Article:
For people looking to test and play with this on Linux and Mac OS X:
You can set the configuration option in nextcloud.cfg: enableExperimentalOptions=true
Then you will be able to also see the virtual files.
if this was such a huge breach - where was the huge coverage back in jan? Frankly i don't even recall hearing about it back in January. Until this, whatever you want to call it, I don't recall that at all.
Dash and I just discussed this out of band. The reason that this wasn't seen more is that the system that was allegedly hacked, the one that UBNT said was at risk, is the one with the credentials to Dream Machines and similar devices and accounts from those devices that Unifi users can make voluntarily. Normal business users of Unifi and Edge gear were not in the list of potential impacts.
He wasn't aware that UBNT had notified all of the potentially impacted customers by email, because he is a customer but not one that was potentially impacted. They didn't notify we who use local accounts, since we aren't affected. So there was a lot more notification than he had realized. The news outlets back in January and even Krebs agree that the email notification and notification of the media was real and handled just fine.
@JaredBusch We are intentionally being vague on this because the technical stuff on the backend isn't solid yet. We may be able to attest those calls depending on the circumstances. So the vagueness is simply because the product is still in motion.
At a prior position they went full tilt "O365/SSO everything" and while it all worked with a LOT of effort the monthly cost was insane per user, something like $42/U/Month for just our 1 location of 160 people.
Globally they had over 9000, that's a huge burden.
Except it's not.
It's opex not capex, so it's not dragging down RIOC ratio's for wall street. (big in Mfg and some industries).
It's just dumped into the fully burdened cost of an employee. If your average employee is paid 50K they probably cost another 20K in benefits, training, taxes, office space, utilities and other overhead a year. Paying $42 a user per month at that scale gets you out of:
"owning" versions of Office Suite is great until you end up with 4 different versions of office in the office. Then it becomes a nightmare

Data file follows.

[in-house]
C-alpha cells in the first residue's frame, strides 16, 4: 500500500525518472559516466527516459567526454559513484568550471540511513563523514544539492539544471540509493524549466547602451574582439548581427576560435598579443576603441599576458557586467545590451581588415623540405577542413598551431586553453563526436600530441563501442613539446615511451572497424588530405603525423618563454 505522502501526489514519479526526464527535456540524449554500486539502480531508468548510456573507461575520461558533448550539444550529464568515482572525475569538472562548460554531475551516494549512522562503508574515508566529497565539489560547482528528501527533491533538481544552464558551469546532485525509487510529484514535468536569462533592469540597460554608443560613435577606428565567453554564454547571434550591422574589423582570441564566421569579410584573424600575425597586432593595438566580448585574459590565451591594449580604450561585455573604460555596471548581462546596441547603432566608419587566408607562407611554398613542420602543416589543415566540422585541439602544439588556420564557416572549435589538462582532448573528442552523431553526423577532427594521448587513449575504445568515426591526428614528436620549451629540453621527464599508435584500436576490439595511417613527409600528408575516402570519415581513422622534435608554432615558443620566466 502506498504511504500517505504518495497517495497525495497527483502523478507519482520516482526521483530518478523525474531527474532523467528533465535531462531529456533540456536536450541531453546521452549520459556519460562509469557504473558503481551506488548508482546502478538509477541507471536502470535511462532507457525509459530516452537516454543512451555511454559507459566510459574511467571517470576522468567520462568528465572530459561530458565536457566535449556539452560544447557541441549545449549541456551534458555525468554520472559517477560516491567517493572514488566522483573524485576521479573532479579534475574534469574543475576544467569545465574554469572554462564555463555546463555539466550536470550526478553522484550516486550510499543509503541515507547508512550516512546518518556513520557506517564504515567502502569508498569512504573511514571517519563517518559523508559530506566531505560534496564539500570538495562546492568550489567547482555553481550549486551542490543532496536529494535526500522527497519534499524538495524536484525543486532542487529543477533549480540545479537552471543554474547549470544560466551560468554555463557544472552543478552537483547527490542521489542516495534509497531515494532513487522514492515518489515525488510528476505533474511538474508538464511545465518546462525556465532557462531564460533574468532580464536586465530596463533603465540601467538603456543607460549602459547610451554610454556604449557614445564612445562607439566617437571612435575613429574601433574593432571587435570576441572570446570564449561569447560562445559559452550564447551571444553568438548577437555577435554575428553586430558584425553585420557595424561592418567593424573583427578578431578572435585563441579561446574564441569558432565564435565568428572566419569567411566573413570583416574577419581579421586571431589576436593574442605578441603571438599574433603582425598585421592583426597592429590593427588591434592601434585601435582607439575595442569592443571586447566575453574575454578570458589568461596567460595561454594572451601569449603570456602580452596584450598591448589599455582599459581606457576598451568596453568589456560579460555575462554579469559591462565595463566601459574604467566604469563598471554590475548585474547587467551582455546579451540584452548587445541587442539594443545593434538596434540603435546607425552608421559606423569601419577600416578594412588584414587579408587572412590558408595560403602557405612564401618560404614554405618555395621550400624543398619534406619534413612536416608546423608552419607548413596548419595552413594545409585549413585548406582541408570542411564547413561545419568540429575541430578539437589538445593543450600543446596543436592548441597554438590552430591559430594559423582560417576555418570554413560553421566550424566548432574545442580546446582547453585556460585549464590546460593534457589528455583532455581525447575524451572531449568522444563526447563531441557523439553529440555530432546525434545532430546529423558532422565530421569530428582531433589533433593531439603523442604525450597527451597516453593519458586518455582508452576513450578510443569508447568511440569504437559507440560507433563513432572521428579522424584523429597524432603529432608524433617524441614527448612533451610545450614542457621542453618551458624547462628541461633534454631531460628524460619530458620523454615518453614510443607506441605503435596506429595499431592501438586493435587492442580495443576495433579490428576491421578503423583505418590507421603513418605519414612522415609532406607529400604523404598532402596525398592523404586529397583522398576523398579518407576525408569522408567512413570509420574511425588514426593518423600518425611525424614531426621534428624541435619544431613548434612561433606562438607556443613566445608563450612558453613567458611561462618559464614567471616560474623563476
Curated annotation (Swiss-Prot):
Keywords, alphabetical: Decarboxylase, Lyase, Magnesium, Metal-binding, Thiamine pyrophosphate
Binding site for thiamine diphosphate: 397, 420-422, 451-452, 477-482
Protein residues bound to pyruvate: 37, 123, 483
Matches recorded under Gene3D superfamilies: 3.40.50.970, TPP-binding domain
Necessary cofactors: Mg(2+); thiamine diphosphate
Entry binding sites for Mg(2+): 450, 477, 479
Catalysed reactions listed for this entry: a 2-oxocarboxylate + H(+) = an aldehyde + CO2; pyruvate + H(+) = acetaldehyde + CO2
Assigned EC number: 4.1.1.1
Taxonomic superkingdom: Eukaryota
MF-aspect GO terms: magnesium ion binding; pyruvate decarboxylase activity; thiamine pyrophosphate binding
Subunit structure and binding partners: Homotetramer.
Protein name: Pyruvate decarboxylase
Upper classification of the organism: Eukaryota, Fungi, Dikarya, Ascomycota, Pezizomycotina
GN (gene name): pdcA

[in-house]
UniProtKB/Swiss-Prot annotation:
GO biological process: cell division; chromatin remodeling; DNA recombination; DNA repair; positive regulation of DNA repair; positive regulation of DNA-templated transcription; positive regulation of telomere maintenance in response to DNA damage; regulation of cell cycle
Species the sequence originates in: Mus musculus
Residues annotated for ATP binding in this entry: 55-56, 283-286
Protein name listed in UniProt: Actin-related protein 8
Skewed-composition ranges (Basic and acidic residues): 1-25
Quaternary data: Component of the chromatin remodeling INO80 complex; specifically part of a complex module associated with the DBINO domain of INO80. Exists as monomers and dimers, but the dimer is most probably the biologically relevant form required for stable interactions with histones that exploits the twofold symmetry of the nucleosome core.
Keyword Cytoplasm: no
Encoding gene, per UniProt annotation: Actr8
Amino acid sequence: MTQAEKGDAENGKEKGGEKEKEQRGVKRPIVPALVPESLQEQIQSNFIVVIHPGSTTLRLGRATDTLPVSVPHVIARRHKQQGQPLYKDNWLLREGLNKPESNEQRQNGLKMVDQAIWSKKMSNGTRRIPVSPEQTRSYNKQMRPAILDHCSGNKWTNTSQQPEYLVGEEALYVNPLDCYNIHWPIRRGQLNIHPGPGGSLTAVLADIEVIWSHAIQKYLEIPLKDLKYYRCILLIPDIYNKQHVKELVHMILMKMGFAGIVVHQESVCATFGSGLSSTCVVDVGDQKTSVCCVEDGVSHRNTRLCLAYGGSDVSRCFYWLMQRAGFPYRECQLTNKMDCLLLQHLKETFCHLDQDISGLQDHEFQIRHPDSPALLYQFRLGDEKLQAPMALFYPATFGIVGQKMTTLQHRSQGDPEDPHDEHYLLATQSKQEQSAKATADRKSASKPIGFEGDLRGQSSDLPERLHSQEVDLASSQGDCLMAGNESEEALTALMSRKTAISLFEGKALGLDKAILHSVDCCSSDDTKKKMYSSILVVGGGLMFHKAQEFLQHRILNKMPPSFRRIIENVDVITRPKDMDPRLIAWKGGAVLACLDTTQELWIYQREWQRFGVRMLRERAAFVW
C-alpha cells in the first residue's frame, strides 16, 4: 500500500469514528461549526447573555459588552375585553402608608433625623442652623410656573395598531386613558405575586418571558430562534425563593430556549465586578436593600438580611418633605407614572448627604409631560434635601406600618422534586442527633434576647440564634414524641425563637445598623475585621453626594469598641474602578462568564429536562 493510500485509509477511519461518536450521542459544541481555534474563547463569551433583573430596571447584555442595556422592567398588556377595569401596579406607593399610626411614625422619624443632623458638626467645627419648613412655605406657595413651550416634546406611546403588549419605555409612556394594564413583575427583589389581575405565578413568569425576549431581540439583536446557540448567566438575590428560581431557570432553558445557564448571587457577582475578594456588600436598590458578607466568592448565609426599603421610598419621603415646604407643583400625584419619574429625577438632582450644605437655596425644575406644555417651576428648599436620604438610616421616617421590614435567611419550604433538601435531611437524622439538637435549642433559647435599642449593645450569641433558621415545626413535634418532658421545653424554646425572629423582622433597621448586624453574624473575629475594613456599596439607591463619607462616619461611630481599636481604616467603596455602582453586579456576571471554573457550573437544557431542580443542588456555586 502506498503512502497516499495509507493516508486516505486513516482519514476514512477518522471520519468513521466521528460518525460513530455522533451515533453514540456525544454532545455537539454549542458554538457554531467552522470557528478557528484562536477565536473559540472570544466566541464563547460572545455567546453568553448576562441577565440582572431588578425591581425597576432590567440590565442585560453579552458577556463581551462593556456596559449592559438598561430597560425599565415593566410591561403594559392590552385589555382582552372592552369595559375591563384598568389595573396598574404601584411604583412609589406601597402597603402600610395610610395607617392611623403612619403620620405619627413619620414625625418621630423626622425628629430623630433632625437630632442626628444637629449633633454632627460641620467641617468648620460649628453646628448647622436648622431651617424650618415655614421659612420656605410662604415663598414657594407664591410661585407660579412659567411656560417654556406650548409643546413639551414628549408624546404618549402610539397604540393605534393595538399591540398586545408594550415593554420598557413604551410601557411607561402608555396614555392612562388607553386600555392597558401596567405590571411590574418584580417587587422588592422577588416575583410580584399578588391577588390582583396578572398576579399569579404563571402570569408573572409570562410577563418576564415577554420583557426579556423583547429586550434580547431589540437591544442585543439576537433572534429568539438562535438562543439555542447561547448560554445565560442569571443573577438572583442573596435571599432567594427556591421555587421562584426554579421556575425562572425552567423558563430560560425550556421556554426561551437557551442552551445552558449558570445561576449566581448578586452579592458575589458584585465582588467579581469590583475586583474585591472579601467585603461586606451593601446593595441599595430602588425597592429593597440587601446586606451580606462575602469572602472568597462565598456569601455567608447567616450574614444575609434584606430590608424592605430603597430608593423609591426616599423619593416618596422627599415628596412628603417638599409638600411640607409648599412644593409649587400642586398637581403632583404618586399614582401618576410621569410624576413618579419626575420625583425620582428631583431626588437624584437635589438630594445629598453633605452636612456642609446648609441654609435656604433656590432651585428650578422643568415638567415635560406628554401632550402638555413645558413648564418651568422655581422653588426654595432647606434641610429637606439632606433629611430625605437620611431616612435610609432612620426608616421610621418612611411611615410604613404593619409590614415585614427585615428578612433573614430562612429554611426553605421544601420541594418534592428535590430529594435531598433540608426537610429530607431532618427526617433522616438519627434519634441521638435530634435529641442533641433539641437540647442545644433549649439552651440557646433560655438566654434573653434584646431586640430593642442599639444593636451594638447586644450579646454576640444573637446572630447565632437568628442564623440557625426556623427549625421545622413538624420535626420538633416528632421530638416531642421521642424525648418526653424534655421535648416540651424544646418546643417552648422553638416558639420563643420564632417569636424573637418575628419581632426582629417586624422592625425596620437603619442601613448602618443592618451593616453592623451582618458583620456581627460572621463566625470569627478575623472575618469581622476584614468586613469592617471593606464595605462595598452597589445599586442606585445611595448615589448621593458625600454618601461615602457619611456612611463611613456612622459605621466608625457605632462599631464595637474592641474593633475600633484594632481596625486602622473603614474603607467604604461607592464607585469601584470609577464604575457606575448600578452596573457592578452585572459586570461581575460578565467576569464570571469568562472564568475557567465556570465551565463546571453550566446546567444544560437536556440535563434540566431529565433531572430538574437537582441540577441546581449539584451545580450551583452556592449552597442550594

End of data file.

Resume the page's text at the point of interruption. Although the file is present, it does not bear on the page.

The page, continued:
Managing Exchange and Sharepoint etc at scale is a full-time job. paying someone else to manage it wins vs. hiring people to do that.
Again it's $42 per user per month. We were spending more than that per employee on drinks and snacks before COVID hit. stocking 14 flavors of le croix, and the thousands of pounds of M&M's and "the good nuts" adds up. For a company with 9000 users, something that people are spending hours a day in, that's just cheap.
All that easily makes sense - at that scale.
I know I don't live in anywhere near that scale, and I don't believe Dustin does either.
2/3's of our employees get paid $20K/y.
It can, and likely does still make sense to do it, spend the $42/u/m, but as is contantly talked about on these forums... most small businesses play at business, they don't really run one.
At $20k a year the business is paying somewhere near $2500 a month to employ that person. $42 is nothing out of that.
Yeah I get that... but that's frequently not how finance has looked at it.. instead they look at - holy shit - it's $4200 a month for this?
but things they are a changin' so who knows what the future holds.
I do really hope the change looks at it more as an employee cost and less about the $4K/m number.
They should be required to do audits and pen testing yearly due to requirements of government systems. It sounds like solar winds worked with pen testing firms that that just gave passing grades. Sometimes organizations purposely hire bad security talent so they don't get exposed as doing a bad job.
You mean like how the government hires Solarwinds?
I have a client that uses at least one solar wind product and I shudder....
from the sounds of it - the marketing wasn't paying off, at least not in their opinion.
They probably looking at the conversion rate from free to paying customer.